Wednesday, April 19, 2017

The Original "SECRET AGENT" theme by EDWIN ASTLEY

Edwin Astley (1922–1998) first gained some fame as “Ted Astley,” touring England with his own orchestra. He had some songs covered by well-known British performers (including Anne Shelton and Vera Lynn) before making his name in TV theme and incidental music, first for Boris Karloff’s “Colonel March,” and then between 1955 and 1958, “The Adventures of Robin Hood,” “Sir Lancelot” and “Ivanhoe.”

Astley’s high point was probably the album that featured one side of “Secret Agent” music, and the other side, music from “The Saint.” No, he did NOT write the famous theme for “Secret Agent” that appeared on American television, sung by Johnny Rivers. He wrote the themes when the show was called “Danger Man.” The best known bit of music from the show is “High Wire,” which sort of sounds like “Music to Whisk Eggs By,” and seemed like it was played almost constantly in every episode. The odd choice of instrument for the lead may have been inspired by the zither used for "The Third Man" mystery film. There can be something quite unsettling about a cheerful instrument used over grim noir footage, or mated to jazz drums as it is here.

Astley also wrote music for late 60’s TV shows “The Baron,” “Department S,” and “Randall and Hopkins, Deceased.” He also had many movie credits, including quite a few grim films such as “Dublin Nightmare” 1958) “Naked Fury” (1959) and “The Giant Behemoth” (1959). On the lighter side, there was “The Mouse that Roared” in 1959. He composed the orchestral music for the Herbert Lom version of ‘Phantom of the Opera” in 1962.

Fun trivia: Edwin’s daughter Karen married Pete Townshend. Karen and Pete’s son Jon Astley was in charge of many of The Who’s re-mastered CD releases. Sadly, there’s no CD featuring the best of Edwin Astley’s film scores. It’s not everyone who can make a harpsichord sound hip.

EDWIN ASTLEY -HIGH WIRE (SECRET AGENT THEME) Instant download or listen on line. No Zinfart egocentric passwords. No malware or spyware anywhere.

Ill-Ustrated Songs #37 - Pearl Bailey - TOWER OF STRENGTH

Was Pearl Bailey a "Tower of Strength?"

She was, as they say, a force to be reckoned with, "tall, buxom, exuberant and handsome." That's the New York Times description. Plus this: "Her voice had a distinctively warm timbre and her natural vocal inflection was filled with fascinating colors and highlights."

Of black and Creek Indian ancestry, we belatedly honor her birthday, March 29, 1918. She was married to white jazz drummer Louis Bellson (aka Luigi Balassoni) for 38 years. He fan base included jazz buffs, sophisticates, Broadway gays (she was in the pioneering all-Black production of "Hello Dolly") and Presidents, including Nixon and Johnson. In the 50's, she was known for her risque humor in nightclubs; her song introductions were sometimes bawdy, and "Pearlie Mae" was also known to song a provocative tune, too. "I call myself a humorist. I tell stories to music and, thank God, in tune. I laugh at people who call me an actress."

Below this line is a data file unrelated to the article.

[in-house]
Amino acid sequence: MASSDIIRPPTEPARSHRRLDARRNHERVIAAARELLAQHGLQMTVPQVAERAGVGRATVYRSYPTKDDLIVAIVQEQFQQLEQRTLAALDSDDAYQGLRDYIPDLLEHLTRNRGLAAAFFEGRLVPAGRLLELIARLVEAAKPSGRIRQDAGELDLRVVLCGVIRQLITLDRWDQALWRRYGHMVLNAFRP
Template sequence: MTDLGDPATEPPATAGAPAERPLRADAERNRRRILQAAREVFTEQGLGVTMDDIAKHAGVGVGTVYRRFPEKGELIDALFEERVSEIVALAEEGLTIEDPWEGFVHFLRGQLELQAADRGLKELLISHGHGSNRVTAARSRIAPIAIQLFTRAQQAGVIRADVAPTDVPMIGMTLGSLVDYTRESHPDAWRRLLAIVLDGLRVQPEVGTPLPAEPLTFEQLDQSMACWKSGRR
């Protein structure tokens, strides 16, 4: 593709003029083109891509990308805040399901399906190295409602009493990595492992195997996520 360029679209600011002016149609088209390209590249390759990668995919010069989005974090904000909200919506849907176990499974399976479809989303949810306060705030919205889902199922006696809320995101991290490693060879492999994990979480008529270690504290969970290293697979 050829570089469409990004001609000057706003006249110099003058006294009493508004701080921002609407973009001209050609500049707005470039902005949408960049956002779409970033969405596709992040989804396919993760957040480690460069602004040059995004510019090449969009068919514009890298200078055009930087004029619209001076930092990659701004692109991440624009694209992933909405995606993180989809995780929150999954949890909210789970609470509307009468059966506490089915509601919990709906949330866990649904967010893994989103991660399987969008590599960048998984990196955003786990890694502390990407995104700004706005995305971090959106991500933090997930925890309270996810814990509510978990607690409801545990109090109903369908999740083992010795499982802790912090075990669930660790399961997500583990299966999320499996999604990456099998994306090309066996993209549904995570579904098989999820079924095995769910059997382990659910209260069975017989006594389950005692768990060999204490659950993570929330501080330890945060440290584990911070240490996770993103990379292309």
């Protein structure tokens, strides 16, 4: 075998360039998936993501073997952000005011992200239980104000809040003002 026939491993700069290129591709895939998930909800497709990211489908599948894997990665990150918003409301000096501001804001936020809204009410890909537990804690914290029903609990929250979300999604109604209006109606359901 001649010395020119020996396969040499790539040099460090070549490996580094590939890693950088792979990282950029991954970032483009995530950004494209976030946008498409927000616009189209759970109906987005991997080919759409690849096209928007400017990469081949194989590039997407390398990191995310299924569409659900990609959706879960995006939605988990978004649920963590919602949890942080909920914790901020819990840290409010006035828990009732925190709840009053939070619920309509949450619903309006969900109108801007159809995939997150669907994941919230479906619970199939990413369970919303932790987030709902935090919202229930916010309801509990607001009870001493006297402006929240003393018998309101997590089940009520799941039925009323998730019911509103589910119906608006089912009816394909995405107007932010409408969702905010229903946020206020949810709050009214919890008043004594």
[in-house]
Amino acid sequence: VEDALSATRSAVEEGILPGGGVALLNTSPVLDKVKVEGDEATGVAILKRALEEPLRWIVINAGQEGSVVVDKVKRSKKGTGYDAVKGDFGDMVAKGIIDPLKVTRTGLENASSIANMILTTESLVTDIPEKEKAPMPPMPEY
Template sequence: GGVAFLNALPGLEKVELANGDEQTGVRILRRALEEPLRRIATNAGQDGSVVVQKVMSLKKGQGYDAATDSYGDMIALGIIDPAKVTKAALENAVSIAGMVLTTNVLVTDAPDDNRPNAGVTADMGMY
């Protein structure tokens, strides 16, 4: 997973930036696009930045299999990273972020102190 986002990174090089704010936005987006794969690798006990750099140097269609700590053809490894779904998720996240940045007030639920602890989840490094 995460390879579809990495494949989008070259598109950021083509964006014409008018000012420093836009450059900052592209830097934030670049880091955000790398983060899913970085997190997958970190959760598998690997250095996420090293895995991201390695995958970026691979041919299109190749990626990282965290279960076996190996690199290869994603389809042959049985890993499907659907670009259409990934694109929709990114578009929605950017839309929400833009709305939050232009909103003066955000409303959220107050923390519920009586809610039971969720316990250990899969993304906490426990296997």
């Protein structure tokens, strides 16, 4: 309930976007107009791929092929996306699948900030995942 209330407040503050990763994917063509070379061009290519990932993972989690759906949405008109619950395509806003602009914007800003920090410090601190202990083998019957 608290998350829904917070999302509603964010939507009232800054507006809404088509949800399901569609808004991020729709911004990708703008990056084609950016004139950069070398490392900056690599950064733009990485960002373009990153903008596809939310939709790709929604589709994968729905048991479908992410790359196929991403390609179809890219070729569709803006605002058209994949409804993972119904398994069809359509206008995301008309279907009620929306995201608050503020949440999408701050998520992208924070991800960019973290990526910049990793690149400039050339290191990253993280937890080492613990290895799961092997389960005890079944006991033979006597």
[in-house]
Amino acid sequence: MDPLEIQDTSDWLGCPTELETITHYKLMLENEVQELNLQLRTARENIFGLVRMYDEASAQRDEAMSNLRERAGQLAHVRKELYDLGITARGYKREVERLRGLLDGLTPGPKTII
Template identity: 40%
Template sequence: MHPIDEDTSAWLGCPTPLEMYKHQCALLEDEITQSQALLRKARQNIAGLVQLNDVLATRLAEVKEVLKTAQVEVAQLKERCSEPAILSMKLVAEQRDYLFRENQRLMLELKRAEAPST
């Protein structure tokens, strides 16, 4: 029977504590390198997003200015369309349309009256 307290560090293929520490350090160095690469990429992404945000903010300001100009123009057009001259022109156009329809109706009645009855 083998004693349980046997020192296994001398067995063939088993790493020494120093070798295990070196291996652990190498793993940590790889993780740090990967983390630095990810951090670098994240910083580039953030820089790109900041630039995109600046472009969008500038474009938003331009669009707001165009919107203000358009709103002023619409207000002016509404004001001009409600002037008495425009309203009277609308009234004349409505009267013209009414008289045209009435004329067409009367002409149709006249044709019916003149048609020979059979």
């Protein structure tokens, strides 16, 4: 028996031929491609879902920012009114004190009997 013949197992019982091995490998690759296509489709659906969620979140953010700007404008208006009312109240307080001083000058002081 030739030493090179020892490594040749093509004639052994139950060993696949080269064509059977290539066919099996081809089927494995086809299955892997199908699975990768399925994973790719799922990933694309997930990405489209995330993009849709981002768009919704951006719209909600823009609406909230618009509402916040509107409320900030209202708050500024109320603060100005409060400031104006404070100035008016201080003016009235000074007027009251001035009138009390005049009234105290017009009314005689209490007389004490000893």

"Tower of Strength" is usually sung by male singers, with abject humiliation or angst-ridden despair. The original by Gene McDaniels had a trombone mocking his grief and pain. Paul Raven offered one of the more effeminate cover versions. At least, he sang it with full knowledge that he was a wimp who couldn't leave the bitch that was in control of his life. The song doesn't quite work so well as a female vocal, because Bacharach's melody is so upbeat and loaded with syncopated bumps. It's not one of those "I'm a Fool to Want You" jazz ballads. So Pearl just plays with the jazz aspect and doesn't really emote the lyrics. She cools things down.

And if you'd like to hear other versions...go right ahead down the line of downloads.

Pearl Bailey Tower of Strength Instant download or listen on line.

TOWER OF STRENGTH Gerd Bottcher- CAROLIN CAROLIN

TOWER OF STRENGTH Frankie Vaughan

TOWER OF STRENGTH - GENE MCDANIEL

TOWER OF STRENGTH - PAUL RAVEN

TOWER OF STRENGTH - PAUL RICH

TOWER OF STRENGTH - Sue Richards

TOWER OF STRENGTH cute recent Asian version by Yeongene

YOU DON"T HAVE TO BE A TOWER OF STRENGTH - GLORIA LYNNE

TOUTE MA VIE (Tower of Strength) Audrey Arno

TOWER OF STRENGTH -Lew Davis

TOWER OF STRENGTH - DO IT YOURSELF via KARAOKE VERSION!

Download or listen on line. No pop-ups, porn ads or use of sleazy companies that pay a percentage to bloggers for their "hard work." The hard work was done not by upping files, but by the original writers and performers.

Sunday, April 09, 2017

DAVID PEEL - THE DAY THE CLOWN DIED

David Peel? He was a clown.

A lot of hippie-clowns lightened up the mood of revolutionary America in the late 60’s and early 70’s including Abbie Hoffman, The Fugs and the team of Cheech and Chong.

David Peel (David Rosario, August 1, 1943-April 6, 2017) was a Puerto Rican who hung around in the East Village bellowing idiotic songs. You could actually be discovered that way. Further uptown, eccentric street performer Moondog became a "legend" and got a record deal.In 1968, Peel was signed to Elektra for a sort of novelty album “Have a Marijuana,” which probably sold about as well as one of the ESP indie Fugs discs. He had a two-lp deal with Elektra so they put out a second album, which lacked a marijuana album cover picture and sold less than the first.